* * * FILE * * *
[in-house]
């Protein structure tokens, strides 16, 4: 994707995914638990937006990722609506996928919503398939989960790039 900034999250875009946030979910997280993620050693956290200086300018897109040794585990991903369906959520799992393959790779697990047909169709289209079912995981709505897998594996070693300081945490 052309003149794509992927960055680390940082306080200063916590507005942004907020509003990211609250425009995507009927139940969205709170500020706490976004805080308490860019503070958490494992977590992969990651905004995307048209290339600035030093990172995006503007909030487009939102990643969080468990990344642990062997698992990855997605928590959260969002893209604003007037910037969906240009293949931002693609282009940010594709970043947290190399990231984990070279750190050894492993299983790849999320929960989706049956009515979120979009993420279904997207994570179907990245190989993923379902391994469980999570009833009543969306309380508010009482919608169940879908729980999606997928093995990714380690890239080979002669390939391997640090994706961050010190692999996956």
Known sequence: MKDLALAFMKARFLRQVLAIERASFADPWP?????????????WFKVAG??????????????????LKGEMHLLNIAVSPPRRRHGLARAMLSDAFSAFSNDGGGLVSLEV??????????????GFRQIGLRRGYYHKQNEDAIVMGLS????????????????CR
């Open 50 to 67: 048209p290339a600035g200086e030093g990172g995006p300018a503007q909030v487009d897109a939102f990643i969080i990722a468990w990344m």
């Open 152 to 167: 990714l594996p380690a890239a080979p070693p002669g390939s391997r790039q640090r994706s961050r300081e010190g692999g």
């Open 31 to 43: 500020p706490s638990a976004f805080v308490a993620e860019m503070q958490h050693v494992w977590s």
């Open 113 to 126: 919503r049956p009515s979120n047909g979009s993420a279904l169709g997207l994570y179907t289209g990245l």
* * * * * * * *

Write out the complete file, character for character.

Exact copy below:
[in-house]
């Protein structure tokens, strides 16, 4: 994707995914638990937006990722609506996928919503398939989960790039 900034999250875009946030979910997280993620050693956290200086300018897109040794585990991903369906959520799992393959790779697990047909169709289209079912995981709505897998594996070693300081945490 052309003149794509992927960055680390940082306080200063916590507005942004907020509003990211609250425009995507009927139940969205709170500020706490976004805080308490860019503070958490494992977590992969990651905004995307048209290339600035030093990172995006503007909030487009939102990643969080468990990344642990062997698992990855997605928590959260969002893209604003007037910037969906240009293949931002693609282009940010594709970043947290190399990231984990070279750190050894492993299983790849999320929960989706049956009515979120979009993420279904997207994570179907990245190989993923379902391994469980999570009833009543969306309380508010009482919608169940879908729980999606997928093995990714380690890239080979002669390939391997640090994706961050010190692999996956």
Known sequence: MKDLALAFMKARFLRQVLAIERASFADPWP?????????????WFKVAG??????????????????LKGEMHLLNIAVSPPRRRHGLARAMLSDAFSAFSNDGGGLVSLEV??????????????GFRQIGLRRGYYHKQNEDAIVMGLS????????????????CR
């Open 50 to 67: 048209p290339a600035g200086e030093g990172g995006p300018a503007q909030v487009d897109a939102f990643i969080i990722a468990w990344m």
């Open 152 to 167: 990714l594996p380690a890239a080979p070693p002669g390939s391997r790039q640090r994706s961050r300081e010190g692999g």
């Open 31 to 43: 500020p706490s638990a976004f805080v308490a993620e860019m503070q958490h050693v494992w977590s």
């Open 113 to 126: 919503r049956p009515s979120n047909g979009s993420a279904l169709g997207l994570y179907t289209g990245l």